Friday, April 24, 2009

The Frail Nightmares of the Observer


An extraordinary late poem by Bishop. Free verse, the first person plural narrator turning into a first person narrator, the beach setting, the minute and stunning description ("the color of mutton-fat jade"), the self-correcting, polite diction, the fleeting surreality (the lion sun who batted the kite from the sky):
The End Of March by Elizabeth Bishop

For John Malcolm Brinnin and Bill Read: Duxbury

It was cold and windy, scarcely the day
to take a walk on that long beach
Everything was withdrawn as far as possible,
indrawn: the tide far out, the ocean shrunken,
seabirds in ones or twos.
The rackety, icy, offshore wind
numbed our faces on one side;
disrupted the formation
of a lone flight of Canada geese;
and blew back the low, inaudible rollers
in upright, steely mist.

The sky was darker than the water
--it was the color of mutton-fat jade.
Along the wet sand, in rubber boots, we followed
a track of big dog-prints (so big
they were more like lion-prints). Then we came on
lengths and lengths, endless, of wet white string,
looping up to the tide-line, down to the water,
over and over. Finally, they did end:
a thick white snarl, man-size, awash,
rising on every wave, a sodden ghost,
falling back, sodden, giving up the ghost...
A kite string?--But no kite.

I wanted to get as far as my proto-dream-house,
my crypto-dream-house, that crooked box
set up on pilings, shingled green,
a sort of artichoke of a house, but greener
(boiled with bicarbonate of soda?),
protected from spring tides by a palisade
of--are they railroad ties?
(Many things about this place are dubious.)
I'd like to retire there and do nothing,
or nothing much, forever, in two bare rooms:
look through binoculars, read boring books,
old, long, long books, and write down useless notes,
talk to myself, and, foggy days,
watch the droplets slipping, heavy with light.
At night, a grog a l'américaine.
I'd blaze it with a kitchen match
and lovely diaphanous blue flame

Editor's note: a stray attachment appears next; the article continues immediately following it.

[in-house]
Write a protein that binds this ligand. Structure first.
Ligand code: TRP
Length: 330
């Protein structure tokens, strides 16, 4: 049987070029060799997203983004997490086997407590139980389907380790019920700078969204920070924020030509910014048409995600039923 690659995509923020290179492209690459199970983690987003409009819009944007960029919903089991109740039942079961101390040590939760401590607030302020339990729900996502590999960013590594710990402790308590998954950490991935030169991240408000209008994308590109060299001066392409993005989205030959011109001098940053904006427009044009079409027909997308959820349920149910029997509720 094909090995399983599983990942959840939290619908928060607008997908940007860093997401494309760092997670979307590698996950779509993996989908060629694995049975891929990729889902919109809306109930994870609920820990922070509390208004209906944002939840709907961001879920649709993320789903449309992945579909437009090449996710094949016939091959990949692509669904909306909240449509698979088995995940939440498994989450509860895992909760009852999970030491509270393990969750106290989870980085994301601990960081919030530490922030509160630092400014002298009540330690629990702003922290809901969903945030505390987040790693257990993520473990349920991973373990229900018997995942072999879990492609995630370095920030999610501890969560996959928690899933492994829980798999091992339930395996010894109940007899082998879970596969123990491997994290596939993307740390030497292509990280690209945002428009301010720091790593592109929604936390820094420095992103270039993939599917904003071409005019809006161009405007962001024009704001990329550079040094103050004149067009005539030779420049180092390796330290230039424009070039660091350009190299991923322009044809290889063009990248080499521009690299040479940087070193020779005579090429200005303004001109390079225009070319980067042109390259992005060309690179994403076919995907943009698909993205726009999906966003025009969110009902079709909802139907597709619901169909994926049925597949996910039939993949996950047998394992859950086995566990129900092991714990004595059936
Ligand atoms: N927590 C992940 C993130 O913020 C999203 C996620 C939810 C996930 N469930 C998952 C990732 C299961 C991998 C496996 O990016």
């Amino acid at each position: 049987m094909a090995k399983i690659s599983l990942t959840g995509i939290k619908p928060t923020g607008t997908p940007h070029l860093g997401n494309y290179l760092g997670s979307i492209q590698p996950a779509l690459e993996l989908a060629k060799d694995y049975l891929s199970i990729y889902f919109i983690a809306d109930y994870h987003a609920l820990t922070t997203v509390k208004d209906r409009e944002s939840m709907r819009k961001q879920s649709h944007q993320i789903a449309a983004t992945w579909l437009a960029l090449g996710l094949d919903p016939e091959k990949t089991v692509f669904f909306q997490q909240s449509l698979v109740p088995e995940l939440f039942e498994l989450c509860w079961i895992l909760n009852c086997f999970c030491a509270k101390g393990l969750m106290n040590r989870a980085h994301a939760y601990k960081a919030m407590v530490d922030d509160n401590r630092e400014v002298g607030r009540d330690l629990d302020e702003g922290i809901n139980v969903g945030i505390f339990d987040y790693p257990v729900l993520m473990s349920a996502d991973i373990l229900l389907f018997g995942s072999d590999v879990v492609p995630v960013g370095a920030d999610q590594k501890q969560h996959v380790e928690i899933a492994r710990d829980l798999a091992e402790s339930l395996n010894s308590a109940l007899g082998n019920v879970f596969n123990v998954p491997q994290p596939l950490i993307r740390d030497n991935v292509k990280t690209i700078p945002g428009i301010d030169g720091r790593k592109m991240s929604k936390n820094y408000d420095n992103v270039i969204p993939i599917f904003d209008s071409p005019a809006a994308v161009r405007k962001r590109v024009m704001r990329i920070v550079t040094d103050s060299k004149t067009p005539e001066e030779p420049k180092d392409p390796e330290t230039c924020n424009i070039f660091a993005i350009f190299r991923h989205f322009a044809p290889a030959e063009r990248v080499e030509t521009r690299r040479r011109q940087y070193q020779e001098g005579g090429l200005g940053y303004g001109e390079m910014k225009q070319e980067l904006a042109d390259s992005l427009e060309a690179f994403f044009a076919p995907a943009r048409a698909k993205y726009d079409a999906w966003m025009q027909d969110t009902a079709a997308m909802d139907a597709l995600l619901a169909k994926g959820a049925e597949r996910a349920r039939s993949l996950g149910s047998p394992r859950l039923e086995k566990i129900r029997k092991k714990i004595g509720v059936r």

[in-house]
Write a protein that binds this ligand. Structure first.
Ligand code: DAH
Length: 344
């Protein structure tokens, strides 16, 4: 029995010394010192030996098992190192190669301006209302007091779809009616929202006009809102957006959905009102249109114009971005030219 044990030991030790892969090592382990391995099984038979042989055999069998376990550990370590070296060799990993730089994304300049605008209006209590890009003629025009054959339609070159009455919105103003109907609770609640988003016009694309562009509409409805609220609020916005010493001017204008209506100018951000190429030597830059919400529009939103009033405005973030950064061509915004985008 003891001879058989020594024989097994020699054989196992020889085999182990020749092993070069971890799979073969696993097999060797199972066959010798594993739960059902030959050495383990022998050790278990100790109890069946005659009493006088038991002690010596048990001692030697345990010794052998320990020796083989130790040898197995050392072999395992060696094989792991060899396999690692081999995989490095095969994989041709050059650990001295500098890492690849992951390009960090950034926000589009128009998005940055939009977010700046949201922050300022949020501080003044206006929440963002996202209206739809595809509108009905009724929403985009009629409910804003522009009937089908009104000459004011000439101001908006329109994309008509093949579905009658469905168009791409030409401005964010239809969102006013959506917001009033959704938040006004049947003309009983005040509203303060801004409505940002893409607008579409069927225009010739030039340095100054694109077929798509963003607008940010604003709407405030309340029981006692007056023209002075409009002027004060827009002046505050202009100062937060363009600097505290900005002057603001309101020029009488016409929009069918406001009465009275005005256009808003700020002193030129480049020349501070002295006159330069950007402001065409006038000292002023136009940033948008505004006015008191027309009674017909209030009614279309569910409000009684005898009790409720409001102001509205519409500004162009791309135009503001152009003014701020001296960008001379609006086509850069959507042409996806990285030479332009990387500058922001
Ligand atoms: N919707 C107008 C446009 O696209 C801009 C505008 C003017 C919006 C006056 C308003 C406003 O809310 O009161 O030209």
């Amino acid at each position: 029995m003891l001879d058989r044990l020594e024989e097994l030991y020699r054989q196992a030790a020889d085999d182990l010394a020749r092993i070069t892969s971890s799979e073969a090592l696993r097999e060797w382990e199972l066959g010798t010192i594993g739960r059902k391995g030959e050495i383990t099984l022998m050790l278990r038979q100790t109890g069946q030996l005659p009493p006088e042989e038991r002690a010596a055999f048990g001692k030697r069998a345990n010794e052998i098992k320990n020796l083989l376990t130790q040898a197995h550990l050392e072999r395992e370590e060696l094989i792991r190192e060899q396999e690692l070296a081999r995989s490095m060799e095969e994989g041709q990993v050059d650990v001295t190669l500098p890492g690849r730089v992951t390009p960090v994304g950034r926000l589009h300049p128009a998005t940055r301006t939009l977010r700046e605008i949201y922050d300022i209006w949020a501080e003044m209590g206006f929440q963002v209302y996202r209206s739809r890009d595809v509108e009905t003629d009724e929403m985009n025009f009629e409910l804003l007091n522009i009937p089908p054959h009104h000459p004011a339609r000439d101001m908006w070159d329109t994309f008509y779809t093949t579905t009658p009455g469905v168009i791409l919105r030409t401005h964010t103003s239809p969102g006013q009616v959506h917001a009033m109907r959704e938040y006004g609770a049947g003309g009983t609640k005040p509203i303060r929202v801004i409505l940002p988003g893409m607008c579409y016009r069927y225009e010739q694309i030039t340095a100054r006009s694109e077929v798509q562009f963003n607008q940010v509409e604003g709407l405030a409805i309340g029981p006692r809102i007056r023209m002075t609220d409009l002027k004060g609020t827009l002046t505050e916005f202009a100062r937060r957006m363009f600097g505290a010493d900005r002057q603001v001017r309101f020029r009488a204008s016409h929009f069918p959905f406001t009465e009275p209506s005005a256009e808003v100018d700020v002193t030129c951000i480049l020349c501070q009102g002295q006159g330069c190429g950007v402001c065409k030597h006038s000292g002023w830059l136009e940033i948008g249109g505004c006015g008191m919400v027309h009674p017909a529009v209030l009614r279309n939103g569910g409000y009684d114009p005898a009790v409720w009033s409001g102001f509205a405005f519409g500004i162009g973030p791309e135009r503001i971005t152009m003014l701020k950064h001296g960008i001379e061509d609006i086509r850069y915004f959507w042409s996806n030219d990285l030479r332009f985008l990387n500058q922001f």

would waver, doubled in the window.
There must be a stove; there is a chimney,
askew, but braced with wires,
and electricity, possibly
--at least, at the back another wire
limply leashes the whole affair
to something off behind the dunes.
A light to read by--perfect! But--impossible.
And that day the wind was much too cold
even to get that far,
and of course the house was boarded up.

On the way back our faces froze on the other side.
The sun came out for just a minute.
For just a minute, set in their bezels of sand,
the drab, damp, scattered stones
were multi-colored,
and all those high enough threw out long shadows,
individual shadows, then pulled them in again.
They could have been teasing the lion sun,
except that now he was behind them
--a sun who'd walked the beach the last low tide,
making those big, majestic paw-prints,
who perhaps had batted a kite out of the sky to play with.
Jerome Mazzaro, in his review of Bishop's premature Complete Poems in 1968, remarks on the "isolation" of each of her poems:
"This sense of boundaries... militates against any cumulative effects and keeps her works discrete ... Miss Bishop does not want to create an imagined cosmos to compete with the real world. She wants her readers to return to life, not to escape into some cozy, romantic archipelago which she can create either in Maine or Brazil."
David Kalstone wrote about Bishop for the first time in Partisan Review after the publication of Complete Poems, in an pioneering essay in the history of Bishop scholarship called "All Eye":
"It should be clear that when Miss Bishop writes about nature, about objects, about experiences, it is with a very strong sense of their intractability and challenge. Nature cannot easily be combed for moral emblems. Her poems, every bit as conservative in form as other poems of the forties and fifties, are much stranger than what in those decades we took to be poetry. What the sixties have left behind is a notion, a false reading perhaps encouraged by Eliot's criticism, of the perfect "metaphysical" poem, one in which an observed object or action can be taken securely as an "objective correlative" for inner experience ... Going back to Miss Bishop's poems, one finds it all there without any fuss: the most precise psychological connections made between the needs of exact observation and the frail nightmares of the observer, between the strangeness of what is seen and the strangeness of the person seeing it."
Both of the above are taken as excerpts from Brett C. Miller's biography, Elizabeth Bishop: Life and the Memory of It. Also learned from that biography that Bishop attended a wedding for the first time in her life at age 62.